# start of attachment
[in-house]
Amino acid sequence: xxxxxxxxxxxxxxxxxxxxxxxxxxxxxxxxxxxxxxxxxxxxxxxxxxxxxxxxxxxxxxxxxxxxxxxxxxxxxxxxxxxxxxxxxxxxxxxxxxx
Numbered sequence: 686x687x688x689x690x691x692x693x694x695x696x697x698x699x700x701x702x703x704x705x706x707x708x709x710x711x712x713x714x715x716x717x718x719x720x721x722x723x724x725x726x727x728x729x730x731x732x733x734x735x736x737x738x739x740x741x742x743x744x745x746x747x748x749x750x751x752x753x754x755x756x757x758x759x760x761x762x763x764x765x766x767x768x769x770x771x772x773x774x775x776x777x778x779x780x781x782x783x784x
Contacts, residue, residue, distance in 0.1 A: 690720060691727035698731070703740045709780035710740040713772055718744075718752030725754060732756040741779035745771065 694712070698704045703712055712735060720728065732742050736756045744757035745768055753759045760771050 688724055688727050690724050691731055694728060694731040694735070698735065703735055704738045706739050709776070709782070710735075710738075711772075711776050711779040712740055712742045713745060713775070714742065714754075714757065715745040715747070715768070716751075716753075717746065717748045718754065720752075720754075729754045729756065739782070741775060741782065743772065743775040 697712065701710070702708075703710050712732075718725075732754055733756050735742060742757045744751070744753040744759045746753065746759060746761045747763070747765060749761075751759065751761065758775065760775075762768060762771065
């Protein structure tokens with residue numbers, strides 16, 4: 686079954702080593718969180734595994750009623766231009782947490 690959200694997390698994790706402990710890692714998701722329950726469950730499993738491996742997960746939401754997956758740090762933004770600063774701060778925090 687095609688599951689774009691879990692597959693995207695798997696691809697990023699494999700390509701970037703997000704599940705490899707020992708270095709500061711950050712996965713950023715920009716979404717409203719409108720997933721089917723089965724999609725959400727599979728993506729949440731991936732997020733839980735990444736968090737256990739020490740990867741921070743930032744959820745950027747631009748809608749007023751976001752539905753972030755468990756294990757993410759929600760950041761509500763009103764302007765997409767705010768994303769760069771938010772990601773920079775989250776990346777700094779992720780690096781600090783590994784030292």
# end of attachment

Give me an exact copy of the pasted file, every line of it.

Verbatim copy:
[in-house]
Amino acid sequence: xxxxxxxxxxxxxxxxxxxxxxxxxxxxxxxxxxxxxxxxxxxxxxxxxxxxxxxxxxxxxxxxxxxxxxxxxxxxxxxxxxxxxxxxxxxxxxxxxxx
Numbered sequence: 686x687x688x689x690x691x692x693x694x695x696x697x698x699x700x701x702x703x704x705x706x707x708x709x710x711x712x713x714x715x716x717x718x719x720x721x722x723x724x725x726x727x728x729x730x731x732x733x734x735x736x737x738x739x740x741x742x743x744x745x746x747x748x749x750x751x752x753x754x755x756x757x758x759x760x761x762x763x764x765x766x767x768x769x770x771x772x773x774x775x776x777x778x779x780x781x782x783x784x
Contacts, residue, residue, distance in 0.1 A: 690720060691727035698731070703740045709780035710740040713772055718744075718752030725754060732756040741779035745771065 694712070698704045703712055712735060720728065732742050736756045744757035745768055753759045760771050 688724055688727050690724050691731055694728060694731040694735070698735065703735055704738045706739050709776070709782070710735075710738075711772075711776050711779040712740055712742045713745060713775070714742065714754075714757065715745040715747070715768070716751075716753075717746065717748045718754065720752075720754075729754045729756065739782070741775060741782065743772065743775040 697712065701710070702708075703710050712732075718725075732754055733756050735742060742757045744751070744753040744759045746753065746759060746761045747763070747765060749761075751759065751761065758775065760775075762768060762771065
């Protein structure tokens with residue numbers, strides 16, 4: 686079954702080593718969180734595994750009623766231009782947490 690959200694997390698994790706402990710890692714998701722329950726469950730499993738491996742997960746939401754997956758740090762933004770600063774701060778925090 687095609688599951689774009691879990692597959693995207695798997696691809697990023699494999700390509701970037703997000704599940705490899707020992708270095709500061711950050712996965713950023715920009716979404717409203719409108720997933721089917723089965724999609725959400727599979728993506729949440731991936732997020733839980735990444736968090737256990739020490740990867741921070743930032744959820745950027747631009748809608749007023751976001752539905753972030755468990756294990757993410759929600760950041761509500763009103764302007765997409767705010768994303769760069771938010772990601773920079775989250776990346777700094779992720780690096781600090783590994784030292």